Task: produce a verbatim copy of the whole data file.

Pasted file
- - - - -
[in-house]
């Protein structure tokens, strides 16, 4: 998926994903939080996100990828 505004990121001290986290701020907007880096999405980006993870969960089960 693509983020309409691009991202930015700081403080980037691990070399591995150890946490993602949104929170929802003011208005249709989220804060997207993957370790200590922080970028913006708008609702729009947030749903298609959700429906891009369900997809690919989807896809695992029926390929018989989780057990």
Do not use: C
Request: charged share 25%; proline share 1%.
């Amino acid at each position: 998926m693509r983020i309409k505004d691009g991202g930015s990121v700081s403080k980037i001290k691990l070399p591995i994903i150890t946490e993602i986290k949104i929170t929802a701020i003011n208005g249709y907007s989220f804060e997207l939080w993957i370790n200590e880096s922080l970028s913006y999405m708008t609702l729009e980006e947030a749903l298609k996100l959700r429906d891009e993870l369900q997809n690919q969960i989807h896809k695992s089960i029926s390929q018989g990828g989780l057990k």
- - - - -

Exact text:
[in-house]
């Protein structure tokens, strides 16, 4: 998926994903939080996100990828 505004990121001290986290701020907007880096999405980006993870969960089960 693509983020309409691009991202930015700081403080980037691990070399591995150890946490993602949104929170929802003011208005249709989220804060997207993957370790200590922080970028913006708008609702729009947030749903298609959700429906891009369900997809690919989807896809695992029926390929018989989780057990």
Do not use: C
Request: charged share 25%; proline share 1%.
């Amino acid at each position: 998926m693509r983020i309409k505004d691009g991202g930015s990121v700081s403080k980037i001290k691990l070399p591995i994903i150890t946490e993602i986290k949104i929170t929802a701020i003011n208005g249709y907007s989220f804060e997207l939080w993957i370790n200590e880096s922080l970028s913006y999405m708008t609702l729009e980006e947030a749903l298609k996100l959700r429906d891009e993870l369900q997809n690919q969960i989807h896809k695992s089960i029926s390929q018989g990828g989780l057990k």